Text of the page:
The Walking Steam Man


| November/December 1999

  • Walking steam-man

  • Walking steam-man

Androids of various forms have long been in existence, with the earliest ones dating back to the Middle Ages. In the 13th century, Alburtus Magnus invented one of the first known automated iron men. In the Renaissance, androids became very popular; one of the best preserved examples is a mandolin-playing lady attributed to Giannello Torriano of Cremona (c. 1500-1585).

The walking steam-man in the engraving dated 1893, was developed by the Canadian inventor George Moore. Constructed of tin, the body contained a steam boiler supplied with a gasoline engine.

As seen in the cross section, an exhaust pipe led from the engine to the nose of the figure, from whence steam escaped when the machine was in motion. Through the head a smoke flue was carried, allowing the products of combustion to escape from the top of the helmet.

Also contained within the 6 foot tall body was a 3,000 R.P.M. motor and a gear train for motion. The spurs of the figure would catch on the surface on which it was walking and thus give it appropriate traction. The steam-man was connected to the end of a horizontal bar about waist high, which in turn was fastened to a vertical standard in the center of a track.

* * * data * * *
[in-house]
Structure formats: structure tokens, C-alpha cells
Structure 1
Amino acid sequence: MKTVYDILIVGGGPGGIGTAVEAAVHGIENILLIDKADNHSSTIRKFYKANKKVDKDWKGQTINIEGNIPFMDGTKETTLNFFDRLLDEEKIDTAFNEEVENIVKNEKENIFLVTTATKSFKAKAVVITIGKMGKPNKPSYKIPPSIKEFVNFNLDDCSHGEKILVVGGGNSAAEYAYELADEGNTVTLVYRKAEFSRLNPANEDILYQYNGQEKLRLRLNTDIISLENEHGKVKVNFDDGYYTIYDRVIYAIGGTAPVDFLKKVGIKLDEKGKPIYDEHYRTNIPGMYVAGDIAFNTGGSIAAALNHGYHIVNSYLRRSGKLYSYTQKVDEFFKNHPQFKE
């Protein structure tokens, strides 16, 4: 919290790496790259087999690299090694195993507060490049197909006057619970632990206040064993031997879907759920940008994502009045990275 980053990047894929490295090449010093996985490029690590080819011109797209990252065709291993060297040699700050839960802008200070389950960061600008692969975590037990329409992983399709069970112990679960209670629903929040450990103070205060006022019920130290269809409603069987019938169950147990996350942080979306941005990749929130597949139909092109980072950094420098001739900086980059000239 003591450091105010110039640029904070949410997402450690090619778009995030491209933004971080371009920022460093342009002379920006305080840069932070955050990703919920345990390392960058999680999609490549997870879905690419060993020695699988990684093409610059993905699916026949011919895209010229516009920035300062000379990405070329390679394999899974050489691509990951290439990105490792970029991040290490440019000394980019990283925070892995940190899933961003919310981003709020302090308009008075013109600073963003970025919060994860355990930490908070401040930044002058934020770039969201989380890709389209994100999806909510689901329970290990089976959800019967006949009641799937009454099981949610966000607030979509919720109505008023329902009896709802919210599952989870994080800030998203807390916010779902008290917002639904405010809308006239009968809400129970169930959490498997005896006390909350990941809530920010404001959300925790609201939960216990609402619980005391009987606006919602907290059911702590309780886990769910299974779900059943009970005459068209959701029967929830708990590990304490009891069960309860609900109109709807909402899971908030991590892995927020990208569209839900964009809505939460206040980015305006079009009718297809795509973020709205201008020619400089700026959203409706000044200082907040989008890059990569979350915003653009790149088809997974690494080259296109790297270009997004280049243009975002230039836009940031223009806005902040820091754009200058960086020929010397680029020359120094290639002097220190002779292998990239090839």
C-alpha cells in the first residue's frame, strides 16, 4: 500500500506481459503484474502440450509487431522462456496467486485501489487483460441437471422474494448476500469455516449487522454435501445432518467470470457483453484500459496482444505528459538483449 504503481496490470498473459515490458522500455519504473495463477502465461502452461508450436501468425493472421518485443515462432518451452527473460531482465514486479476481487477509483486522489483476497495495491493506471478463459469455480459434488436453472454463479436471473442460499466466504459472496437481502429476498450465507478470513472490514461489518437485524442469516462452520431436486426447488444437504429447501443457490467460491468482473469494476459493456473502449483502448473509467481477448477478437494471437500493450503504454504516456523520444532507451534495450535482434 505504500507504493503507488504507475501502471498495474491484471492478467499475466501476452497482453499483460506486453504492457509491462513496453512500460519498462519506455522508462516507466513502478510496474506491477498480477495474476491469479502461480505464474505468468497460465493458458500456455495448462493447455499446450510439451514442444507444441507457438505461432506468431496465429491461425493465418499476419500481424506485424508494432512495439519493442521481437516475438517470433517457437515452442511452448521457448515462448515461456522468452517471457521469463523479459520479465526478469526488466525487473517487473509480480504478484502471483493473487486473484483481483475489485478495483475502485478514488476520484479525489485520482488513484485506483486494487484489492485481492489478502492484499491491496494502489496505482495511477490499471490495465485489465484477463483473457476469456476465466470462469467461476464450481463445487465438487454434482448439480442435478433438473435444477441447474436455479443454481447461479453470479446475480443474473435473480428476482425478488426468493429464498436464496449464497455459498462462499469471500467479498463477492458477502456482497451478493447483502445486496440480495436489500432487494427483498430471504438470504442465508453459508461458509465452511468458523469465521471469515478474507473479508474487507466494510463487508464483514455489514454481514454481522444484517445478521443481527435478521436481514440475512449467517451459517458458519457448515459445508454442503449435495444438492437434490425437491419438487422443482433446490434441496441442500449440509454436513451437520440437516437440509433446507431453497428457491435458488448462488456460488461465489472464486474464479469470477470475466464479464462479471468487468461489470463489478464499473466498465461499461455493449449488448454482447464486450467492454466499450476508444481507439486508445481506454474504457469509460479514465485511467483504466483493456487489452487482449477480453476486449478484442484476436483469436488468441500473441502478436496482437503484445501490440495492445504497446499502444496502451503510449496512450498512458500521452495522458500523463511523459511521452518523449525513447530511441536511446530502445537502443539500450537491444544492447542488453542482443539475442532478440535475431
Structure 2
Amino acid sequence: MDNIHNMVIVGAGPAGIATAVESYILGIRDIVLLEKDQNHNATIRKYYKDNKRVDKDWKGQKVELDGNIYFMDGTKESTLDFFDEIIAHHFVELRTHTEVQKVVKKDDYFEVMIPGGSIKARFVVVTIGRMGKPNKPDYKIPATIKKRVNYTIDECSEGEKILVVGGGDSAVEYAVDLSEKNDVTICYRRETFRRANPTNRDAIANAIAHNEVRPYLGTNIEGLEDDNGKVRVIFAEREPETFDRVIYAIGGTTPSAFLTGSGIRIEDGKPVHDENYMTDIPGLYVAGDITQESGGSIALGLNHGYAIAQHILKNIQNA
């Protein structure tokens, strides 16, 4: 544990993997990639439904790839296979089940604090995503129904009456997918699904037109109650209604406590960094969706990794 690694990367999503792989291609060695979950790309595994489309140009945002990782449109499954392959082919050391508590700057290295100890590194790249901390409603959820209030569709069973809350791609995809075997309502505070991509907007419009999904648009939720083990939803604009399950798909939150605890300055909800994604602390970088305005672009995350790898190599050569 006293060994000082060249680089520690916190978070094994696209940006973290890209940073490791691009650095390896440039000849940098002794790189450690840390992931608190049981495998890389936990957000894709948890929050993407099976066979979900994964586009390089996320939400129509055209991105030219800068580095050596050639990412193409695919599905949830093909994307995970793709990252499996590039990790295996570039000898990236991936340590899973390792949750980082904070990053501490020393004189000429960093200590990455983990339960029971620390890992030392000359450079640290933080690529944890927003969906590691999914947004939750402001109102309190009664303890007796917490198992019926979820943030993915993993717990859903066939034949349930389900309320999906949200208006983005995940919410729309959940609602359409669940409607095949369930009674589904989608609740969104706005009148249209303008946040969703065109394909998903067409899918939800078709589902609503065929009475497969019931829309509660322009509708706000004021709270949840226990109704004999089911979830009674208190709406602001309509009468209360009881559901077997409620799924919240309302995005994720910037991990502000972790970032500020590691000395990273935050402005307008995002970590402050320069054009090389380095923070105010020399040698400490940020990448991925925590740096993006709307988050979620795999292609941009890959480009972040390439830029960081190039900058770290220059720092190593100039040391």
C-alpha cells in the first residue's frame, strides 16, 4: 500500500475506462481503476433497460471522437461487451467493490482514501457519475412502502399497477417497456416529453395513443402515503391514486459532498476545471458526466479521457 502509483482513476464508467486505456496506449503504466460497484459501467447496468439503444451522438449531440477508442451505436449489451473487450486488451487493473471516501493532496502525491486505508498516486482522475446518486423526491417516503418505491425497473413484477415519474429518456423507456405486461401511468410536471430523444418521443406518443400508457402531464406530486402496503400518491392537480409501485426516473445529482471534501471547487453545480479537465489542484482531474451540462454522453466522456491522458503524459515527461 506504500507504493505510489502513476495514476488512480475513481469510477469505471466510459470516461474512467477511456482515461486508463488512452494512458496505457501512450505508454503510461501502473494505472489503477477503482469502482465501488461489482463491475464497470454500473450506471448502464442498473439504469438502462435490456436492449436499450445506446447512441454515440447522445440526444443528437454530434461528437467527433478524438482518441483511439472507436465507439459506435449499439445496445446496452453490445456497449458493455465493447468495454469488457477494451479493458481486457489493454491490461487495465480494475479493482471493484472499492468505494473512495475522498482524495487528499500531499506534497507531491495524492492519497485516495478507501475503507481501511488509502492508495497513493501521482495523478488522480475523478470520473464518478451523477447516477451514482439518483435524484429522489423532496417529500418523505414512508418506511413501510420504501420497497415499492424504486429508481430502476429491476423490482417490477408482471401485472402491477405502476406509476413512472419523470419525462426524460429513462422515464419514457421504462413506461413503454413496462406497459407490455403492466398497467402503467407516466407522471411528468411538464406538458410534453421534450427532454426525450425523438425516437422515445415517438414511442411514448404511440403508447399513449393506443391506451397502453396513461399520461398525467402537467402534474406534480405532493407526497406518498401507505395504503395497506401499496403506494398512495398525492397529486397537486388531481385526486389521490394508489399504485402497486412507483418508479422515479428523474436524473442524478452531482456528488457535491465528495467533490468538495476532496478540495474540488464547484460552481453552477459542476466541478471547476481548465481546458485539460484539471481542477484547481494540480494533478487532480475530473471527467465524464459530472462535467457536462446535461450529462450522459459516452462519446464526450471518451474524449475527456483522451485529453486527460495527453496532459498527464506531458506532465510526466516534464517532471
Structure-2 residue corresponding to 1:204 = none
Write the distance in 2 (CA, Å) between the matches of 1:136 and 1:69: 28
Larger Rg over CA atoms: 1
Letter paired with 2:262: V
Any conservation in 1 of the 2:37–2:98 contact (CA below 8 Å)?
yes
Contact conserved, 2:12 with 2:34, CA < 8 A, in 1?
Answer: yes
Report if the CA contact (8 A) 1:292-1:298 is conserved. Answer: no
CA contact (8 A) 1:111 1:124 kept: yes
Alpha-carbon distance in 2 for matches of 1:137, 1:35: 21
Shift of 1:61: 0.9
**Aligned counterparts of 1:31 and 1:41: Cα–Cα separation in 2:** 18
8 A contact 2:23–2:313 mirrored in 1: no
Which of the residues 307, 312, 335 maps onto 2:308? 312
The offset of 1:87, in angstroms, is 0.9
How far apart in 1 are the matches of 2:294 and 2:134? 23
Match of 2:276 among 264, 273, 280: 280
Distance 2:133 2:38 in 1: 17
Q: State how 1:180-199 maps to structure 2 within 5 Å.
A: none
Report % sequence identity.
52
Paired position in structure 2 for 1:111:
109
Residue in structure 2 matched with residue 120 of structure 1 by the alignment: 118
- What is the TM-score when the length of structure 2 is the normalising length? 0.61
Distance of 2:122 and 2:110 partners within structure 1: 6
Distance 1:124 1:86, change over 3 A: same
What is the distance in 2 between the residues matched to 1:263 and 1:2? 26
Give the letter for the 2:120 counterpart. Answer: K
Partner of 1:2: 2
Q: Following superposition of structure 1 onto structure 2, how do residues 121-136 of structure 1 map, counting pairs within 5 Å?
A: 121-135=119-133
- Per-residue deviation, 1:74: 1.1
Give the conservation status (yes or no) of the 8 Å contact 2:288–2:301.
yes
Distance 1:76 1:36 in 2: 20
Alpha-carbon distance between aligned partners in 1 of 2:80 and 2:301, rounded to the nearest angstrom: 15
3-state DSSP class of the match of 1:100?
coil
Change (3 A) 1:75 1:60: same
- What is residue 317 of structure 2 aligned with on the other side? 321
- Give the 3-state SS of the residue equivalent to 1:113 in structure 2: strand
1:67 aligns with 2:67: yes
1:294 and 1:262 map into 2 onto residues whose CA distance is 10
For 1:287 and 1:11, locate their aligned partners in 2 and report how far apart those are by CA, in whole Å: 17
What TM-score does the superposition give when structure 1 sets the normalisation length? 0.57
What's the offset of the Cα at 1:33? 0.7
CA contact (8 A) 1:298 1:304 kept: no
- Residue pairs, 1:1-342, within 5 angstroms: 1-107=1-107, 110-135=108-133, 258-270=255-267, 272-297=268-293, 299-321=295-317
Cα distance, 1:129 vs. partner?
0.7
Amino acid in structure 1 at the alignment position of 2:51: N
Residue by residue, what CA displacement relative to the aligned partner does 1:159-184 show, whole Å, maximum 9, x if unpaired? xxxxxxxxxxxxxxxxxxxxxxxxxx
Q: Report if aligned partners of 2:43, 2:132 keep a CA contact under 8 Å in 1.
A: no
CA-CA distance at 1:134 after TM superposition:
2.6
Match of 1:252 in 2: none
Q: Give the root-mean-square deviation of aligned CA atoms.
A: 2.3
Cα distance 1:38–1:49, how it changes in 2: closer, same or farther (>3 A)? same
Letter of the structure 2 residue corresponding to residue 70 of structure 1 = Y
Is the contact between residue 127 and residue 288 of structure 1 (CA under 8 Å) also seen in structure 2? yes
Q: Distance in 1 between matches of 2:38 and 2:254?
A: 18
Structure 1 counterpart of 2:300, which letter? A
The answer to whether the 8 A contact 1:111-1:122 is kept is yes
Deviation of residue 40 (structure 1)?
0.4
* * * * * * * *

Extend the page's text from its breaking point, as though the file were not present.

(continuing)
Thereby supported, the android could walk around in a circle at quite a rapid rate of progress about 5 M.P.H.

The action of the steam-man was said to have been quite a natural phenomenon, with the hip, knee, and ankle motion of the legs faithfully imitating that of human movement. It was also remarked that in full operation it could not be held back by just two men pulling against it.


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